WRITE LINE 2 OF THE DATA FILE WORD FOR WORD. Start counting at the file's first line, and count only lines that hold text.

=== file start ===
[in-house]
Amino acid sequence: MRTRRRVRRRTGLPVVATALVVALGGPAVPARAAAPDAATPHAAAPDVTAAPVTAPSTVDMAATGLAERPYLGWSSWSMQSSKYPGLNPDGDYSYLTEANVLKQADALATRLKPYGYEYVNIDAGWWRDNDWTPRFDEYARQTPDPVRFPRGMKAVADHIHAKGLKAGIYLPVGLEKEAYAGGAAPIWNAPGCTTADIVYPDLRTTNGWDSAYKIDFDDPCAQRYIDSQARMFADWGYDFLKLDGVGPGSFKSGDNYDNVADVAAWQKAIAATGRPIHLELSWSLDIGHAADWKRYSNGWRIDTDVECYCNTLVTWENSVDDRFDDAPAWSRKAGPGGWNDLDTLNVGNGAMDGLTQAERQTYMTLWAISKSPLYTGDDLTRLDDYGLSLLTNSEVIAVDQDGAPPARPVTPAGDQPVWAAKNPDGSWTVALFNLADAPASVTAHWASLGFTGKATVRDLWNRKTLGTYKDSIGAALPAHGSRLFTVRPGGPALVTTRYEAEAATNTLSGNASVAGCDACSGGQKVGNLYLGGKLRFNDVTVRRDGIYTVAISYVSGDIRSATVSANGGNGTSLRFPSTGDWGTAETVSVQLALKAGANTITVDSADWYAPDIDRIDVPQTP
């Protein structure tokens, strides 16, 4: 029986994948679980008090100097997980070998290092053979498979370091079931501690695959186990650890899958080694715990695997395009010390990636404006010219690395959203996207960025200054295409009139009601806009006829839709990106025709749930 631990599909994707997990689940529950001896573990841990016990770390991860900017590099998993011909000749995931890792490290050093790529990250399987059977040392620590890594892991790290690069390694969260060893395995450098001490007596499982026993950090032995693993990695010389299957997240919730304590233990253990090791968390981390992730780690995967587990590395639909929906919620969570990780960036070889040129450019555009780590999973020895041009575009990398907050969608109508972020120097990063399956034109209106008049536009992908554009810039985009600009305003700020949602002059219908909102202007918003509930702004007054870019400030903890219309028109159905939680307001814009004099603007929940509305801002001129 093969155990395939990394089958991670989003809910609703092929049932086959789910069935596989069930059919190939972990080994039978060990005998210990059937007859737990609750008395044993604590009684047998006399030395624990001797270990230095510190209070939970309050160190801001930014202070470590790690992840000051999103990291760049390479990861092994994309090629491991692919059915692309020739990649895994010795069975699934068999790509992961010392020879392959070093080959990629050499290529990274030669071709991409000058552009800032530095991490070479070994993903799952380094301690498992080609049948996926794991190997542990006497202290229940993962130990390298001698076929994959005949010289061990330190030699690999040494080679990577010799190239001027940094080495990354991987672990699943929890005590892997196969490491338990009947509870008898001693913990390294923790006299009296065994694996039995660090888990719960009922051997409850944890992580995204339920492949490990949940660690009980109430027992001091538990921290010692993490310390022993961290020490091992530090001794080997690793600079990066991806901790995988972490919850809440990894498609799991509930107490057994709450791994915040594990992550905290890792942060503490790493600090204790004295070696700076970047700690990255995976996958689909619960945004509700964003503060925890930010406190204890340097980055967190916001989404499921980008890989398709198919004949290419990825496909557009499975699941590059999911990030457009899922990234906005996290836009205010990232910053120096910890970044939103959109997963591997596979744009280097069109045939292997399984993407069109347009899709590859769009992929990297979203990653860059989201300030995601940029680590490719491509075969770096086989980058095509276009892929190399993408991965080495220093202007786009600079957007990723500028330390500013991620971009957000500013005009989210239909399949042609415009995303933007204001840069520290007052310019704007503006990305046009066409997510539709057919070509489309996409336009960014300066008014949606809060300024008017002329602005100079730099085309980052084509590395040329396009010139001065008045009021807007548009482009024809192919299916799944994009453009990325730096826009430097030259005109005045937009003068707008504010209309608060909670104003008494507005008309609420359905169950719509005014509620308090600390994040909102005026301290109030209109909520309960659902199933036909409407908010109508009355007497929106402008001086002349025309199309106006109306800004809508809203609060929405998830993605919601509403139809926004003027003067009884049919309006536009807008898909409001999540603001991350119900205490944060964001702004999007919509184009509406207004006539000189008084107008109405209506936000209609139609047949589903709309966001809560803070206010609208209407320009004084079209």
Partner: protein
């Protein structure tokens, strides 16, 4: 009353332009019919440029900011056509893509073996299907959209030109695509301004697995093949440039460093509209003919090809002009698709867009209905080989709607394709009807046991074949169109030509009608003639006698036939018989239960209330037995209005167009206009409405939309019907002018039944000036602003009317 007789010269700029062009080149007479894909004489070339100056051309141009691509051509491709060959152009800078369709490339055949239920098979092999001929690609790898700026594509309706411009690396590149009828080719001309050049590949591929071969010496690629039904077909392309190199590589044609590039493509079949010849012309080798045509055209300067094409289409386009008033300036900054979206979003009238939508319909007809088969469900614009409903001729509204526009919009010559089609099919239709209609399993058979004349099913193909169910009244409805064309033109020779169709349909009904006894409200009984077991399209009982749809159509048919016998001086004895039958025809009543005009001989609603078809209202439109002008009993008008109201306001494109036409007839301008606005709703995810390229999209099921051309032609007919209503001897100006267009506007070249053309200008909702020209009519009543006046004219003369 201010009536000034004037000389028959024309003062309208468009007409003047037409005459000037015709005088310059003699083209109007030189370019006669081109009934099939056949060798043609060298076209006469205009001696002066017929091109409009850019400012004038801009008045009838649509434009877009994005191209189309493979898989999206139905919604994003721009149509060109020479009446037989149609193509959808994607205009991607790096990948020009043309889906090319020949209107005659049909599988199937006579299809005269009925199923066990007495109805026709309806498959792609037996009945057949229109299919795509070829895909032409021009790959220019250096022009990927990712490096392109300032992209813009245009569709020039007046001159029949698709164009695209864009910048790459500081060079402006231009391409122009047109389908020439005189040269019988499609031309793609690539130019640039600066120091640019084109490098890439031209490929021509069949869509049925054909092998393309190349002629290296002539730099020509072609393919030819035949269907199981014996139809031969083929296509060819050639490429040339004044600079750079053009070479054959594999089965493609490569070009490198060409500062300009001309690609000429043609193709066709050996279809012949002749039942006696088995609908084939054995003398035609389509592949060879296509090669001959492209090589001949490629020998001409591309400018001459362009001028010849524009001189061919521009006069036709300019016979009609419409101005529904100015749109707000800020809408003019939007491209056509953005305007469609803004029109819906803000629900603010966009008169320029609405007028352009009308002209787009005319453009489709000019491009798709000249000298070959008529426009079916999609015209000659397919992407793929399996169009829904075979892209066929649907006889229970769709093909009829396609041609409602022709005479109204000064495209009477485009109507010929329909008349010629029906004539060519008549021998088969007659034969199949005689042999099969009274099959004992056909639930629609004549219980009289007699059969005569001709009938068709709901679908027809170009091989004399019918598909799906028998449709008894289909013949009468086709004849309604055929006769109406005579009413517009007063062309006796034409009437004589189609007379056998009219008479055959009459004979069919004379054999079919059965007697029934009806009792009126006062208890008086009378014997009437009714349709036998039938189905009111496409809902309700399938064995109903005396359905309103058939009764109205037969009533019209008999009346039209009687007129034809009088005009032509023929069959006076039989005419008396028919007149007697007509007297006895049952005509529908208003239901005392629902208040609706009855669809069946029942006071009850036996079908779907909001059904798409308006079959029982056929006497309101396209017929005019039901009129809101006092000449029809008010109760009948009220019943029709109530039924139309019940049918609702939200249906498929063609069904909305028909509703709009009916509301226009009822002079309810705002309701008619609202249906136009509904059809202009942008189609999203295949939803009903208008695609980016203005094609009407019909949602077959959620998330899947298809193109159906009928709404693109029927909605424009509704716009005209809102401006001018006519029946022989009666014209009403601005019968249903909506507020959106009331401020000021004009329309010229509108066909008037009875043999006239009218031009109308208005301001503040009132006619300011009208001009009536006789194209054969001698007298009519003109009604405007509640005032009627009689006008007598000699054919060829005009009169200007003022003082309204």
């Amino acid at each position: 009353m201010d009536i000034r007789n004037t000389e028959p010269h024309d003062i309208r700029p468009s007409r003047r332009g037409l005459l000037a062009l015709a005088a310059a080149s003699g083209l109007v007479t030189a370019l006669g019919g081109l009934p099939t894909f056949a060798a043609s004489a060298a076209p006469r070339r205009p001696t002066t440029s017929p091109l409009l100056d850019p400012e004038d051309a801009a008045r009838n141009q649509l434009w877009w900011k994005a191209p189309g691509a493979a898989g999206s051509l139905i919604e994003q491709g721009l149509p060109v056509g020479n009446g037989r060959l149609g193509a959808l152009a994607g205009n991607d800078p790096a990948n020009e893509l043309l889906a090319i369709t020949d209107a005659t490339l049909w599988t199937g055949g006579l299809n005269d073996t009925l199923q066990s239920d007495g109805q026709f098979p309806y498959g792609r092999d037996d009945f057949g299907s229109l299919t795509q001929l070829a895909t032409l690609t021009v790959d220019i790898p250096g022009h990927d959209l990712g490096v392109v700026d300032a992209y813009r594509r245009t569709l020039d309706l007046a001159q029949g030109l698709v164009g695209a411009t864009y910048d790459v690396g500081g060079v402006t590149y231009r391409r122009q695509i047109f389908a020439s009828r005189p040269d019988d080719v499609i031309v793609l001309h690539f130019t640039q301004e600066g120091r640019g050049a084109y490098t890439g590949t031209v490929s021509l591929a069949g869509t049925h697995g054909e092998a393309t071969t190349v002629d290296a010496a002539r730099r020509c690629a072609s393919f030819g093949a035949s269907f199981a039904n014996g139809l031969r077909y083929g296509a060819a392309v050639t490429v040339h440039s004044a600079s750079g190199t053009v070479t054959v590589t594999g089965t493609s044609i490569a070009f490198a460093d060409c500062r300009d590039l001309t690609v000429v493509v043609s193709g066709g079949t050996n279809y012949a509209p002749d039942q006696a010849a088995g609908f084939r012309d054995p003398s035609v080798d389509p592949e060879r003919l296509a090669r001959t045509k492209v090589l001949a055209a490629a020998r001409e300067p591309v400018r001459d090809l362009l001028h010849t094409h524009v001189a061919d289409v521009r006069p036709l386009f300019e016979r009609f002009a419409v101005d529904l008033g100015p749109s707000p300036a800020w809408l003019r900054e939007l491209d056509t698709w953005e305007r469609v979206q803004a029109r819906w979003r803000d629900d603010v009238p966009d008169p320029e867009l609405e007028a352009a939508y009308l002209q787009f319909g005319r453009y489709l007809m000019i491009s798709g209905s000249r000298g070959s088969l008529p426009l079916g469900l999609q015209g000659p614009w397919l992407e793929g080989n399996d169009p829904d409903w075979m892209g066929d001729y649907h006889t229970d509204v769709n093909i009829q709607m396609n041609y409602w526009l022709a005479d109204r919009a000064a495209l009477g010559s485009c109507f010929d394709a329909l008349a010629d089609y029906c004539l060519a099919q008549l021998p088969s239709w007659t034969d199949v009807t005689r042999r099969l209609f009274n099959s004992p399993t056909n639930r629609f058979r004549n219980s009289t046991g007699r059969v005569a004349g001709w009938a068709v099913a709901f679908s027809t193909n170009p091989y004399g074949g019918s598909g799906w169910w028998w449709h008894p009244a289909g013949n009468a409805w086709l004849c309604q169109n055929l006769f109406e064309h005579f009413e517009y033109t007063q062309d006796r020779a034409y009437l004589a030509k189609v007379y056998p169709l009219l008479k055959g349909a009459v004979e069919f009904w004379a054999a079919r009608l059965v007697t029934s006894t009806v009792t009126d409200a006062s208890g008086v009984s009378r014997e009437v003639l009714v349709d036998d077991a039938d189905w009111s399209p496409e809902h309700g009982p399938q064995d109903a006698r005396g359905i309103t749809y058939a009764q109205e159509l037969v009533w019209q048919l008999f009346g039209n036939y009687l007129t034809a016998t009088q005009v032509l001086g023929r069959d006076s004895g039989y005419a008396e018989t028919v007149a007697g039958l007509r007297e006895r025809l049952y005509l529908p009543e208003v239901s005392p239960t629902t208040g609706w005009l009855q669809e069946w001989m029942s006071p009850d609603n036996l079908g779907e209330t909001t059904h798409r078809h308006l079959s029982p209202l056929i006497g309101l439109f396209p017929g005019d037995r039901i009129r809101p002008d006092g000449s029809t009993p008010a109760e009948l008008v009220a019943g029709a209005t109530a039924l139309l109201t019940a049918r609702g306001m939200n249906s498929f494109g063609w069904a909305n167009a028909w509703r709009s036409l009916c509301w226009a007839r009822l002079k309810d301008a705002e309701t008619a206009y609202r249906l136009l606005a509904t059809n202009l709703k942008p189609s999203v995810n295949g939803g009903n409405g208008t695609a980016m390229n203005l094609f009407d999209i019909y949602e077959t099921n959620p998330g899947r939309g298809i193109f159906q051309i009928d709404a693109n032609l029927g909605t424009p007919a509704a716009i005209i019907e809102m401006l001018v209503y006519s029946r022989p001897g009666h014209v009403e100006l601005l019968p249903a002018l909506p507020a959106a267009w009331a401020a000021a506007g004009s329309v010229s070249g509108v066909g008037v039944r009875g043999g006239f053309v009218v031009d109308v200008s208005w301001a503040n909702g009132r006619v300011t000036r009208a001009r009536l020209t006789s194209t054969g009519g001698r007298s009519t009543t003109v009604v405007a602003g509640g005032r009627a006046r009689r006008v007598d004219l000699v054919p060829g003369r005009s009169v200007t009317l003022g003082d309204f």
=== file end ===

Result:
Amino acid sequence: MRTRRRVRRRTGLPVVATALVVALGGPAVPARAAAPDAATPHAAAPDVTAAPVTAPSTVDMAATGLAERPYLGWSSWSMQSSKYPGLNPDGDYSYLTEANVLKQADALATRLKPYGYEYVNIDAGWWRDNDWTPRFDEYARQTPDPVRFPRGMKAVADHIHAKGLKAGIYLPVGLEKEAYAGGAAPIWNAPGCTTADIVYPDLRTTNGWDSAYKIDFDDPCAQRYIDSQARMFADWGYDFLKLDGVGPGSFKSGDNYDNVADVAAWQKAIAATGRPIHLELSWSLDIGHAADWKRYSNGWRIDTDVECYCNTLVTWENSVDDRFDDAPAWSRKAGPGGWNDLDTLNVGNGAMDGLTQAERQTYMTLWAISKSPLYTGDDLTRLDDYGLSLLTNSEVIAVDQDGAPPARPVTPAGDQPVWAAKNPDGSWTVALFNLADAPASVTAHWASLGFTGKATVRDLWNRKTLGTYKDSIGAALPAHGSRLFTVRPGGPALVTTRYEAEAATNTLSGNASVAGCDACSGGQKVGNLYLGGKLRFNDVTVRRDGIYTVAISYVSGDIRSATVSANGGNGTSLRFPSTGDWGTAETVSVQLALKAGANTITVDSADWYAPDIDRIDVPQTP